CLEMSON, S.C. (WSPA) – Two SC horses have died as a result of a mosquito-borne illness.

A two-year-old quarter horse gelding in Sumter County and a five-year-old quarter horse mare in Lee County died after catching Eastern Equine Encephalitis, according to State Veterinarian Michael J. Neault, director of Clemson Livestock Poultry Health.

These are the first known cases of the illness this summer. However, another case was confirmed in a horse in Berkeley County in mid-January.

Neault reminded horse owners of the importance of vaccinating their animals against Eastern Equine Encephalitis and other diseases, like West Nile Virus and rabies.

“We had some heavy rains in areas across the state over the last month which means that mosquito populations can be extremely high,” Neault said. “It is always important for horse owners to stay on top of equine vaccination schedules, but it is essential now considering the rain we’ve had.”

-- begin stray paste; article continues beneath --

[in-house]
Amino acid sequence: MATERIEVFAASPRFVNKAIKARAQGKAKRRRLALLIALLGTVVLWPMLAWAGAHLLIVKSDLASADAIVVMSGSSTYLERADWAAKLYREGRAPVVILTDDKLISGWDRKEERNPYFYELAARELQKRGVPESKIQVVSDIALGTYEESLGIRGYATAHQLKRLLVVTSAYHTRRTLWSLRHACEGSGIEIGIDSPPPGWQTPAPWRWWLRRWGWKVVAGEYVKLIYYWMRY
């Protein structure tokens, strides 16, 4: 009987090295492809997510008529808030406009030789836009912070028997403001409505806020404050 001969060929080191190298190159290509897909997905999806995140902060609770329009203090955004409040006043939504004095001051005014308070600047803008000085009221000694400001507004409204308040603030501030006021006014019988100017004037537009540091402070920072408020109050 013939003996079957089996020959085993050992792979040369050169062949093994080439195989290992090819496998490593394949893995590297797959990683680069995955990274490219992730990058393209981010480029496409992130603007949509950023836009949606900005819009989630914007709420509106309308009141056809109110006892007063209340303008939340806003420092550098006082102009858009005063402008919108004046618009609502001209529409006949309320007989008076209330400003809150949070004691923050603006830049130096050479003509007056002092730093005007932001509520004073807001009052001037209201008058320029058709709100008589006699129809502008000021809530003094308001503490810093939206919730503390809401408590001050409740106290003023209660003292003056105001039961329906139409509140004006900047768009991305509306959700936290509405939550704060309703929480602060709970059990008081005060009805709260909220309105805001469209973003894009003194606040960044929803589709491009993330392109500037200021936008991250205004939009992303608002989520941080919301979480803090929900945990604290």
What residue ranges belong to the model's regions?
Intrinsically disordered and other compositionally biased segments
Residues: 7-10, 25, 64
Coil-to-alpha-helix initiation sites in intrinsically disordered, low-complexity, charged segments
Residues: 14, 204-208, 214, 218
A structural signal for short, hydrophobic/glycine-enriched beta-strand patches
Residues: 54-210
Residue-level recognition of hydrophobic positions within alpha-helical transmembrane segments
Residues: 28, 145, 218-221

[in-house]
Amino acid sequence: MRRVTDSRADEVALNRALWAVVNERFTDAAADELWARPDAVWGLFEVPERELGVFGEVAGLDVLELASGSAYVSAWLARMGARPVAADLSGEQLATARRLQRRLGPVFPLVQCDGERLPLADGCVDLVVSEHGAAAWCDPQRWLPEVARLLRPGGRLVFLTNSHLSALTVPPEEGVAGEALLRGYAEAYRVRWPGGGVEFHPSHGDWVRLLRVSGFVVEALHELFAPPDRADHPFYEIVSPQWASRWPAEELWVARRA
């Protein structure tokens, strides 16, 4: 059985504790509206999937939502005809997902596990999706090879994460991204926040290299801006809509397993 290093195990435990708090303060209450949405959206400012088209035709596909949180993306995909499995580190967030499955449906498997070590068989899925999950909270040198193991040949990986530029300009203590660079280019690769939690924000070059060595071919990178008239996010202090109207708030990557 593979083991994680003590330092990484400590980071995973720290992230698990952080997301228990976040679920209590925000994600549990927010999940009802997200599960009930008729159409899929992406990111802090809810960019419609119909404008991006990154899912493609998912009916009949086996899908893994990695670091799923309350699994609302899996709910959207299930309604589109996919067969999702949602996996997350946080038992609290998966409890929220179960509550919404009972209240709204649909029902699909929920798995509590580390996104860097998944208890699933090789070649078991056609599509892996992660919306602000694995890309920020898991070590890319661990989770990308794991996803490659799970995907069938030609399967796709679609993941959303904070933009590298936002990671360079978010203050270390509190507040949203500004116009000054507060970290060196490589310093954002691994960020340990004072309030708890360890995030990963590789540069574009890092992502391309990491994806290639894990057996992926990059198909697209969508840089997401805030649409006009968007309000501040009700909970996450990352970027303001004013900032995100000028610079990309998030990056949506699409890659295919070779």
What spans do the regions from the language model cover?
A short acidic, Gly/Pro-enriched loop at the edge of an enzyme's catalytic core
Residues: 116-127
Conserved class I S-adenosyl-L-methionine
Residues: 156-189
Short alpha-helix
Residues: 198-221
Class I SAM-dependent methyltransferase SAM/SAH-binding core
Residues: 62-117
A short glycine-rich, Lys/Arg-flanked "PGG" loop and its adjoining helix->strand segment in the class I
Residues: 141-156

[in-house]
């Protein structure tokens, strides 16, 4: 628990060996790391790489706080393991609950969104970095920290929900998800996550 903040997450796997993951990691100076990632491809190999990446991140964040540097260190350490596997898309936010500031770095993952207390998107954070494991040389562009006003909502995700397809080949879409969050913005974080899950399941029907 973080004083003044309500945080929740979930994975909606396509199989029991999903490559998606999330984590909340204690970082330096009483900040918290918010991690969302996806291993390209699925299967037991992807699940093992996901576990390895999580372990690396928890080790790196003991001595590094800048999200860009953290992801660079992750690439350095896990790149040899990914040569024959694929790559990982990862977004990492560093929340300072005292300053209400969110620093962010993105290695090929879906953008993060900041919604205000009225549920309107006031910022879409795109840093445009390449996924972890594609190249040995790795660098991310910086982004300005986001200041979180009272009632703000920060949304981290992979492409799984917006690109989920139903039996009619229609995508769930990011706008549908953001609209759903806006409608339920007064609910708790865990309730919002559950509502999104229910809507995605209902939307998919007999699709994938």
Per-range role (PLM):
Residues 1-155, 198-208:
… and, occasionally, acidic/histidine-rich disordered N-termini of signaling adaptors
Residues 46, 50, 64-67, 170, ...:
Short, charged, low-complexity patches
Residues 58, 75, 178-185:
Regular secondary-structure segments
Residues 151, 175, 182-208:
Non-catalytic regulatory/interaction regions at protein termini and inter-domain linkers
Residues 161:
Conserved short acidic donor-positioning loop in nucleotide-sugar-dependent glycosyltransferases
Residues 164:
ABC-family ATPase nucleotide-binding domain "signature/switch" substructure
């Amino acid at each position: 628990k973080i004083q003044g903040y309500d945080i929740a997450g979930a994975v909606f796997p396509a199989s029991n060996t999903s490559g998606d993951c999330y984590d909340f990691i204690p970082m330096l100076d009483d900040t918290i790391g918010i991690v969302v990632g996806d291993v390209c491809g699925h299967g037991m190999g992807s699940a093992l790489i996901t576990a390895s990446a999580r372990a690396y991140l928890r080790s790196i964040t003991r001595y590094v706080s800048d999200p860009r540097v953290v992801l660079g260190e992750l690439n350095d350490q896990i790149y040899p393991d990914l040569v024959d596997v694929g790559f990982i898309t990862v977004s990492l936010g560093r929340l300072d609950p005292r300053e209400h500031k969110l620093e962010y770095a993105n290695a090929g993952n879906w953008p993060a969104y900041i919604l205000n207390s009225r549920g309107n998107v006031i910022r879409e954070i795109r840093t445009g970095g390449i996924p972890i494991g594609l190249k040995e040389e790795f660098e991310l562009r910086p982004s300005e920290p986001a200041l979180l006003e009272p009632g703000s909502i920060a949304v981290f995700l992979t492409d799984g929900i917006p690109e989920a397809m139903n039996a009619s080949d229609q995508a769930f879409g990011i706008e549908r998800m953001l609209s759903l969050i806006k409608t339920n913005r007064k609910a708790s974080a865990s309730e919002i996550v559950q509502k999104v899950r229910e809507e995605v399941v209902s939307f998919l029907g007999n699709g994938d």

Mosquito control is also an important precaution, as both Eastern Equine Encephalitis and West Nile Virus are borne by mosquitos and have high mortality rates in unvaccinated horses.

Symptoms of Eastern Equine Encephalitis usually develop two to five days after exposure and include stumbling, circling, head pressing, depression or apprehension, weakness of the legs, partial paralysis, inability to stand, muscle twitching, and death.

Any livestock that display neurological symptoms like these must be reported to the state veterinarian at (803) 788-2260 within 48 hours.